Can Disability Benefits Be Used to Pay for Assisted Living?
Social Security Disability Insurance can be used to pay for assisted living. This benefit, which can be accessed by people who have a long-term disability and haven’t reached retirement age, is paid directly to the recipient. This means beneficiaries can spend the money in any way they want.
It can be confusing to determine what SSDI can be used for, as many federal insurance programs have restrictions on the use of benefits. Medicare, for example, doesn’t cover any long-term residential care, including assisted living care.
Social Security Benefits and Assisted Living
SSDI is just one type of income assistance provided by the federal government. It’s available to people who have a medical condition that means they can’t work. The eligibility requirements for receiving disability can be quite strict, and the medical condition must be expected to last at least one year or result in death. It’s only for people who haven’t yet reached retirement age.
It’s important to remember that the SSDI amount received is unlikely to pay for assisted living care. The amount beneficiaries receive through SSDI depends largely on how much they earned while working. Although some beneficiaries get more than $3,000, the average amount received through SSDI is $1,234. The average cost of assisted living in the United States is $4,300, according to the Genworth 2021 Cost of Care Survey, although this can be significantly less in states with a lower cost of living. This means that, on average, the cost of assisted living is more than $3,000 greater than disability benefits.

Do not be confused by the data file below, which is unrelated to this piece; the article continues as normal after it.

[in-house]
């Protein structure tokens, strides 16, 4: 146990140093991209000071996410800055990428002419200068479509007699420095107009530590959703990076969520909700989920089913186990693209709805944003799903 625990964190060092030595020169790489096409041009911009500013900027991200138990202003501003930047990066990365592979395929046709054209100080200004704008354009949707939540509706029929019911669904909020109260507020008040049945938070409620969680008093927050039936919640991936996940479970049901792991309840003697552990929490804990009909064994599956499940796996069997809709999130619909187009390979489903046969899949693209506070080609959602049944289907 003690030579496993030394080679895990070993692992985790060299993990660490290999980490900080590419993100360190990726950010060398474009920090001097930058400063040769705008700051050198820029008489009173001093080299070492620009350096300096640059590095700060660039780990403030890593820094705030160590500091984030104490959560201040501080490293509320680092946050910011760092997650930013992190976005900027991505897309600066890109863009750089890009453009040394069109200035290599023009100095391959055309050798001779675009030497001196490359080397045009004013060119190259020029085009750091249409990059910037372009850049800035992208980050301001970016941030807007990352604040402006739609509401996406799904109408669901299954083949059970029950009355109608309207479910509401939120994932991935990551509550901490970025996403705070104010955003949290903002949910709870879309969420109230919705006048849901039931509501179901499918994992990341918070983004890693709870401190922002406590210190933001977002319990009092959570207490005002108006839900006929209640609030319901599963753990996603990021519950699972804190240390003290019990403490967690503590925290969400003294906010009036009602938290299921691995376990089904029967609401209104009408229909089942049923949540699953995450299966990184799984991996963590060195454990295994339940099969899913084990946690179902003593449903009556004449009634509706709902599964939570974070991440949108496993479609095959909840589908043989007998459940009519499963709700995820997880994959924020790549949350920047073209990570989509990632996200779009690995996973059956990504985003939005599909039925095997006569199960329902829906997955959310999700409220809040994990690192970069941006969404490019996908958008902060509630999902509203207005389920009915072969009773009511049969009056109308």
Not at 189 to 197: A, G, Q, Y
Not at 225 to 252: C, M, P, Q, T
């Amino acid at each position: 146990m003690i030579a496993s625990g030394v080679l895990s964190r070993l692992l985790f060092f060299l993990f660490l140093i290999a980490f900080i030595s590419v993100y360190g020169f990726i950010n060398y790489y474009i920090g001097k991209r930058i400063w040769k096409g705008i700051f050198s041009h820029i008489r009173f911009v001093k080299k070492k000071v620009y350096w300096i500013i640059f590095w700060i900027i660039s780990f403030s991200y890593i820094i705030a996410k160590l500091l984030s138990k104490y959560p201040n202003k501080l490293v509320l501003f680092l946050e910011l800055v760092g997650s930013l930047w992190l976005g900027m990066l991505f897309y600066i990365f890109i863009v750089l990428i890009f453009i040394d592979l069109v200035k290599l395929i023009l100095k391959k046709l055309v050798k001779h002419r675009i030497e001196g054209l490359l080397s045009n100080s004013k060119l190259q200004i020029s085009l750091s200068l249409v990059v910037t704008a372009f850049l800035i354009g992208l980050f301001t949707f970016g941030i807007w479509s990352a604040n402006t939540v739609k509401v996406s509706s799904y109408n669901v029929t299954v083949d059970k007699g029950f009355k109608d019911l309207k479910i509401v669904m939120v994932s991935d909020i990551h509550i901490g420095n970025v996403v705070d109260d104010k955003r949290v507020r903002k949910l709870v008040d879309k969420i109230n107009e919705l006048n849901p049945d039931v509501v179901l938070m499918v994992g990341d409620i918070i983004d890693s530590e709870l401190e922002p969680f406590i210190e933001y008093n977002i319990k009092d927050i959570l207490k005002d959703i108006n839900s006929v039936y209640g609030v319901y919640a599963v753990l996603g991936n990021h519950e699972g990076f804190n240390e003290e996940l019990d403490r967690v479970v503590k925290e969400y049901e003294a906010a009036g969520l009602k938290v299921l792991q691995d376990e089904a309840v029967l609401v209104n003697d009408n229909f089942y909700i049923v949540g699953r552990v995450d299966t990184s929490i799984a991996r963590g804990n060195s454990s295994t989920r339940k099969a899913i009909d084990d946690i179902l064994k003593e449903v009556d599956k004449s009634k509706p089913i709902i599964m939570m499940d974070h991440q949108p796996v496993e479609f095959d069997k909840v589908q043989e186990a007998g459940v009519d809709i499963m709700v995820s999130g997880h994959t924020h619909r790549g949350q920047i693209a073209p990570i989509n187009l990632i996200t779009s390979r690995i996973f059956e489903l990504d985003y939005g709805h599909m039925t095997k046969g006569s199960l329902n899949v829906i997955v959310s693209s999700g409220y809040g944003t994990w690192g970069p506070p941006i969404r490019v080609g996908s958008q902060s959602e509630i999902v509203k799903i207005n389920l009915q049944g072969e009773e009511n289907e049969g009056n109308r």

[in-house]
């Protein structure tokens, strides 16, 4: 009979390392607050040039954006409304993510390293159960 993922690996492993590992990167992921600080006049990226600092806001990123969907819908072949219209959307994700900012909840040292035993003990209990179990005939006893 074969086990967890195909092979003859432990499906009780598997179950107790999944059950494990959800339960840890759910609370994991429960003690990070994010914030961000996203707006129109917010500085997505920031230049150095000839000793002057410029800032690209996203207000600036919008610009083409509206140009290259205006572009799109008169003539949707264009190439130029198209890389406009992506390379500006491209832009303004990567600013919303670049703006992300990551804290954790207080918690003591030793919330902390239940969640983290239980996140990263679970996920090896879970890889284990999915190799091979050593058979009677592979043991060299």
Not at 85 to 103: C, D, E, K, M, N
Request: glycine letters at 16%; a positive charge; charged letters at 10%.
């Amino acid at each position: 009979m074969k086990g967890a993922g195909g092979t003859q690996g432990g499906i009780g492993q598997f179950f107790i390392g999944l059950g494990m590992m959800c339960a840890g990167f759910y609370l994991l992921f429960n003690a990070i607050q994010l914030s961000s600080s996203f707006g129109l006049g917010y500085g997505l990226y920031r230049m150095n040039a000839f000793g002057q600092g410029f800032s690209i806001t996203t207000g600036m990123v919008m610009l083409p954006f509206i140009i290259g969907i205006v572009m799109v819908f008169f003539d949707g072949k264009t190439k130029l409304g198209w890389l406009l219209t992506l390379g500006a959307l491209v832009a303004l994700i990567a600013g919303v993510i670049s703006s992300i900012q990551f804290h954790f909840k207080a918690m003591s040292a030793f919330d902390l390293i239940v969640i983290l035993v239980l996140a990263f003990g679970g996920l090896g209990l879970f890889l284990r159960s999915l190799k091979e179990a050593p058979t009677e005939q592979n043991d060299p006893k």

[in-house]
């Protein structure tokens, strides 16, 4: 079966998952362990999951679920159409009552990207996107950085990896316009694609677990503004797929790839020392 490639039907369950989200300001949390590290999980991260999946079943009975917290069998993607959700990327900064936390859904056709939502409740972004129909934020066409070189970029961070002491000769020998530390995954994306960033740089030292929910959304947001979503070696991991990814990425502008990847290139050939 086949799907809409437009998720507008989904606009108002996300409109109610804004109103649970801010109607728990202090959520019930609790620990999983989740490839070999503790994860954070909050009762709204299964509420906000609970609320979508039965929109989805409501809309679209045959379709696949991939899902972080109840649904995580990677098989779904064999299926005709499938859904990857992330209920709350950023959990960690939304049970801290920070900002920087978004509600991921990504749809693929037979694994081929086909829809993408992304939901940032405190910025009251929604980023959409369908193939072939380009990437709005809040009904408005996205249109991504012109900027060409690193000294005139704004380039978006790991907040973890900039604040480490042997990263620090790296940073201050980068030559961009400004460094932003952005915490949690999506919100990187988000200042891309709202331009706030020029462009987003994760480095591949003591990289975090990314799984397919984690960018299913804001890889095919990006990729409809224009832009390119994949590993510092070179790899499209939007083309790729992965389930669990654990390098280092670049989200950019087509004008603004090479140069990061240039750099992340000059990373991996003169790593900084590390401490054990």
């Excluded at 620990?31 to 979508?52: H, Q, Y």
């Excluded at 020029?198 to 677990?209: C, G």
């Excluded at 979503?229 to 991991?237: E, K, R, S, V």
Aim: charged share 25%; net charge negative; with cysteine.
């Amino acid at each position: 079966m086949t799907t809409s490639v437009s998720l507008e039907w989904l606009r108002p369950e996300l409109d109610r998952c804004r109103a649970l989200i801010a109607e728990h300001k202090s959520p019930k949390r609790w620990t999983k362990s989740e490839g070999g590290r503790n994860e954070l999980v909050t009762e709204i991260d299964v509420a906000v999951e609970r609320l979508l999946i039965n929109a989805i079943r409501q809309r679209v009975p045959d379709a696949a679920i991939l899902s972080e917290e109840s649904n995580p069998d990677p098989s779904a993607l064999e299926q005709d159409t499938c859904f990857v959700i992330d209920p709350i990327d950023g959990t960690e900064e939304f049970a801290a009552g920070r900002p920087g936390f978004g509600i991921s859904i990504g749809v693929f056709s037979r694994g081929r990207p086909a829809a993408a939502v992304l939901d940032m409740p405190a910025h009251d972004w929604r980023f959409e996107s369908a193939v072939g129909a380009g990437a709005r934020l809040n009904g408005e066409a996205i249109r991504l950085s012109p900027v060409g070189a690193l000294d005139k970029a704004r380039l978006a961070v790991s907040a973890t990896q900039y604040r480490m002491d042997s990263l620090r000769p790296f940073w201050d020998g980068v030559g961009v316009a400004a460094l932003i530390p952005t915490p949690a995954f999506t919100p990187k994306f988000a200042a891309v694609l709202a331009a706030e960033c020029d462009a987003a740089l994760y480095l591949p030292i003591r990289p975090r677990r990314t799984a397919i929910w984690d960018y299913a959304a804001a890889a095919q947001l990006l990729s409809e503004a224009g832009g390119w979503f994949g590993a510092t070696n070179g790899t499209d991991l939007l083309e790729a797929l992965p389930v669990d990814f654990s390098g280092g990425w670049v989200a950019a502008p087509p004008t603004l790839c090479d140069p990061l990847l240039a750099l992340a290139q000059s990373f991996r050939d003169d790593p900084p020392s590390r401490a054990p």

People who aren’t eligible for SSDI may be eligible for Supplemental Security Income, or SSI. This payment is available to people who are 65 or older or are blind or disabled. Like SSDI, SSI is paid directly to recipients and can be spent in any way they wish; however, the maximum amount of SSI for a single person is just $794 per month.
How to Finance Assisted Living
People receiving SSDI can find other resources to help them pay for assisted living care. Some may have pensions or retirement savings accounts that can contribute to the cost of care. Reverse mortgages may also be an option for people who own a home.
Many states also have Medicaid Waiver programs that help pay for some form of residential care, including assisted living. State governments prefer to subsidize assisted living for people who need residential care because nursing home care is much more expensive. This is a financing option that low-income SSDI recipients can investigate.